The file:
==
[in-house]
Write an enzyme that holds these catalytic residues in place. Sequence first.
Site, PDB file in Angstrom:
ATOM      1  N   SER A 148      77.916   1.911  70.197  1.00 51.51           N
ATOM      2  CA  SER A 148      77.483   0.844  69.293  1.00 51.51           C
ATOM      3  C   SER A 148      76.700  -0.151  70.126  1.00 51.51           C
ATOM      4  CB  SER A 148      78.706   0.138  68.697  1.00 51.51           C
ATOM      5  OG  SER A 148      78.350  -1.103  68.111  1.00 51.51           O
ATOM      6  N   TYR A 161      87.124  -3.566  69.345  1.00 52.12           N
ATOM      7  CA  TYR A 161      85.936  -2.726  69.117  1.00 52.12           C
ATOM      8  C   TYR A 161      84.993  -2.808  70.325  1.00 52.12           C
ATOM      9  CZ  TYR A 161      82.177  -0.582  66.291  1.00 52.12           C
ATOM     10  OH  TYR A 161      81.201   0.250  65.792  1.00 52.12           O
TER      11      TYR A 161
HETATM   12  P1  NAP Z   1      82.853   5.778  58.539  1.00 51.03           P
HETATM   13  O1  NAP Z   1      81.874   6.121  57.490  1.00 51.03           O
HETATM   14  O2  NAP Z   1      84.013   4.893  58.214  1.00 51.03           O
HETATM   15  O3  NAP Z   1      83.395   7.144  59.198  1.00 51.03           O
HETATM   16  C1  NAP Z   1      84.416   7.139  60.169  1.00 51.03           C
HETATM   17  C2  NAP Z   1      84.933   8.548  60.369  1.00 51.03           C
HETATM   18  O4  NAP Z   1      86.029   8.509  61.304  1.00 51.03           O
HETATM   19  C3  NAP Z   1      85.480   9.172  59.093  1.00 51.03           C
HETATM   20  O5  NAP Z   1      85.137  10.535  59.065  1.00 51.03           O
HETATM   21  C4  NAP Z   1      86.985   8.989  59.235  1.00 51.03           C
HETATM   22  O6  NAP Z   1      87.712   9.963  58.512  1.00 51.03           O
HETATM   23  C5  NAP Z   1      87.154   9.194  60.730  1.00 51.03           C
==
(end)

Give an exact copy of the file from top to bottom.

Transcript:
[in-house]
Write an enzyme that holds these catalytic residues in place. Sequence first.
Site, PDB file in Angstrom:
ATOM      1  N   SER A 148      77.916   1.911  70.197  1.00 51.51           N
ATOM      2  CA  SER A 148      77.483   0.844  69.293  1.00 51.51           C
ATOM      3  C   SER A 148      76.700  -0.151  70.126  1.00 51.51           C
ATOM      4  CB  SER A 148      78.706   0.138  68.697  1.00 51.51           C
ATOM      5  OG  SER A 148      78.350  -1.103  68.111  1.00 51.51           O
ATOM      6  N   TYR A 161      87.124  -3.566  69.345  1.00 52.12           N
ATOM      7  CA  TYR A 161      85.936  -2.726  69.117  1.00 52.12           C
ATOM      8  C   TYR A 161      84.993  -2.808  70.325  1.00 52.12           C
ATOM      9  CZ  TYR A 161      82.177  -0.582  66.291  1.00 52.12           C
ATOM     10  OH  TYR A 161      81.201   0.250  65.792  1.00 52.12           O
TER      11      TYR A 161
HETATM   12  P1  NAP Z   1      82.853   5.778  58.539  1.00 51.03           P
HETATM   13  O1  NAP Z   1      81.874   6.121  57.490  1.00 51.03           O
HETATM   14  O2  NAP Z   1      84.013   4.893  58.214  1.00 51.03           O
HETATM   15  O3  NAP Z   1      83.395   7.144  59.198  1.00 51.03           O
HETATM   16  C1  NAP Z   1      84.416   7.139  60.169  1.00 51.03           C
HETATM   17  C2  NAP Z   1      84.933   8.548  60.369  1.00 51.03           C
HETATM   18  O4  NAP Z   1      86.029   8.509  61.304  1.00 51.03           O
HETATM   19  C3  NAP Z   1      85.480   9.172  59.093  1.00 51.03           C
HETATM   20  O5  NAP Z   1      85.137  10.535  59.065  1.00 51.03           O
HETATM   21  C4  NAP Z   1      86.985   8.989  59.235  1.00 51.03           C
HETATM   22  O6  NAP Z   1      87.712   9.963  58.512  1.00 51.03           O
HETATM   23  C5  NAP Z   1      87.154   9.194  60.730  1.00 51.03           C